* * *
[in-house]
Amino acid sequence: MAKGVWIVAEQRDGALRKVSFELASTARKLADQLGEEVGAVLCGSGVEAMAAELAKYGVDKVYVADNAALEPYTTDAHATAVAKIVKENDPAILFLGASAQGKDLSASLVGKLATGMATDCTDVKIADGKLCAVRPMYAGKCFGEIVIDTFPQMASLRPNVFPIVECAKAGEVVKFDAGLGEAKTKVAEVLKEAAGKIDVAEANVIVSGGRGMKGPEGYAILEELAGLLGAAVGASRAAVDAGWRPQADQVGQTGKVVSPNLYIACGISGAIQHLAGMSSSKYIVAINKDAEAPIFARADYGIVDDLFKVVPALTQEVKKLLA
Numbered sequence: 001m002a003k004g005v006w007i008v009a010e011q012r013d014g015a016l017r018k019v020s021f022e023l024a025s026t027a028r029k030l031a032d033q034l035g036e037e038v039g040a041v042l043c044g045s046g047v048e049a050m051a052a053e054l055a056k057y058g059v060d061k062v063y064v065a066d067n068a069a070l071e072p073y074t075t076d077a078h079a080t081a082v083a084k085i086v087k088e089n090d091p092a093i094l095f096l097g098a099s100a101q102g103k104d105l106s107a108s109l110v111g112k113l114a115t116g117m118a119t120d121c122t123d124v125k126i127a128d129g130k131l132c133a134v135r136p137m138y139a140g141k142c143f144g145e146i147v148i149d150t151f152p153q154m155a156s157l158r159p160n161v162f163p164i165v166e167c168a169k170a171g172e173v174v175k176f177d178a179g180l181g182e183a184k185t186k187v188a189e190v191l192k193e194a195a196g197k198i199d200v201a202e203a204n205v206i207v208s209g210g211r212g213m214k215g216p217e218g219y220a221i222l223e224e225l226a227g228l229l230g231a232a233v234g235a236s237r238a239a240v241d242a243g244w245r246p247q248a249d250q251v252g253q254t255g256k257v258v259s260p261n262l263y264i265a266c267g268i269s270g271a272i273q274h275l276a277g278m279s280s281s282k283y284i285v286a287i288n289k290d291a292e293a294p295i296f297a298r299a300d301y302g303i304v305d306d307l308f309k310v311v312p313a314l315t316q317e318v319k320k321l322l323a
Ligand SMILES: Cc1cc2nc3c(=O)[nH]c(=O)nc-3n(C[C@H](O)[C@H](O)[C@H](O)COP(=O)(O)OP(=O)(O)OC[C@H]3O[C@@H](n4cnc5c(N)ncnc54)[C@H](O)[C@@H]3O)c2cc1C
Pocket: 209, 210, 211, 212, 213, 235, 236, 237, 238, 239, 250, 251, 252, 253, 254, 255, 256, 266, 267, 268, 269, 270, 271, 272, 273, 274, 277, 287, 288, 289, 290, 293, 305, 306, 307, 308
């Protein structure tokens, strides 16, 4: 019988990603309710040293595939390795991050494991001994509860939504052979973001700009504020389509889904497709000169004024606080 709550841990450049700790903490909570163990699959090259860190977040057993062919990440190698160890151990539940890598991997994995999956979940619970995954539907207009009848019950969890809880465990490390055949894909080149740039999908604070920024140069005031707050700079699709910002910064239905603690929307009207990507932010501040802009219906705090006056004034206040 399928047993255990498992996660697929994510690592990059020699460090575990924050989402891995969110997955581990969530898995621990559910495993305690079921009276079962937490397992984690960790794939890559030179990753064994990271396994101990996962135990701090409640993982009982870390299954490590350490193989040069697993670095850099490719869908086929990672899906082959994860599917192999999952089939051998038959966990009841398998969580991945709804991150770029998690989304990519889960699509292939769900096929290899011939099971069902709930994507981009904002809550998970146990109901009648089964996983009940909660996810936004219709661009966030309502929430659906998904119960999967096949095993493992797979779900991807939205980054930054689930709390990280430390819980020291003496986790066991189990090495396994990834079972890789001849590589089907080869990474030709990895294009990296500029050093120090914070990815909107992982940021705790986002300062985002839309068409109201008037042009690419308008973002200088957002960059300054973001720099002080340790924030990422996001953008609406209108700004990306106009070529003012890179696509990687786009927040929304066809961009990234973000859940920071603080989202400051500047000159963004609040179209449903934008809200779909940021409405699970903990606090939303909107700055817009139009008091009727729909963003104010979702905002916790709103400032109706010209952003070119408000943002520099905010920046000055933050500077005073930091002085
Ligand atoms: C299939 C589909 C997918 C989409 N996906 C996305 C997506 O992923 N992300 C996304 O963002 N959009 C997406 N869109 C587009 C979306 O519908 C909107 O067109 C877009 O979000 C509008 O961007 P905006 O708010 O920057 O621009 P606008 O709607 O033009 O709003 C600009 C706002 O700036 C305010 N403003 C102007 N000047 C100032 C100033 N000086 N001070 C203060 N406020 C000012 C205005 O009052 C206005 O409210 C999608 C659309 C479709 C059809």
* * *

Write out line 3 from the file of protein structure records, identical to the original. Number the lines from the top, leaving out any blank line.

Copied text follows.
Numbered sequence: 001m002a003k004g005v006w007i008v009a010e011q012r013d014g015a016l017r018k019v020s021f022e023l024a025s026t027a028r029k030l031a032d033q034l035g036e037e038v039g040a041v042l043c044g045s046g047v048e049a050m051a052a053e054l055a056k057y058g059v060d061k062v063y064v065a066d067n068a069a070l071e072p073y074t075t076d077a078h079a080t081a082v083a084k085i086v087k088e089n090d091p092a093i094l095f096l097g098a099s100a101q102g103k104d105l106s107a108s109l110v111g112k113l114a115t116g117m118a119t120d121c122t123d124v125k126i127a128d129g130k131l132c133a134v135r136p137m138y139a140g141k142c143f144g145e146i147v148i149d150t151f152p153q154m155a156s157l158r159p160n161v162f163p164i165v166e167c168a169k170a171g172e173v174v175k176f177d178a179g180l181g182e183a184k185t186k187v188a189e190v191l192k193e194a195a196g197k198i199d200v201a202e203a204n205v206i207v208s209g210g211r212g213m214k215g216p217e218g219y220a221i222l223e224e225l226a227g228l229l230g231a232a233v234g235a236s237r238a239a240v241d242a243g244w245r246p247q248a249d250q251v252g253q254t255g256k257v258v259s260p261n262l263y264i265a266c267g268i269s270g271a272i273q274h275l276a277g278m279s280s281s282k283y284i285v286a287i288n289k290d291a292e293a294p295i296f297a298r299a300d301y302g303i304v305d306d307l308f309k310v311v312p313a314l315t316q317e318v319k320k321l322l323a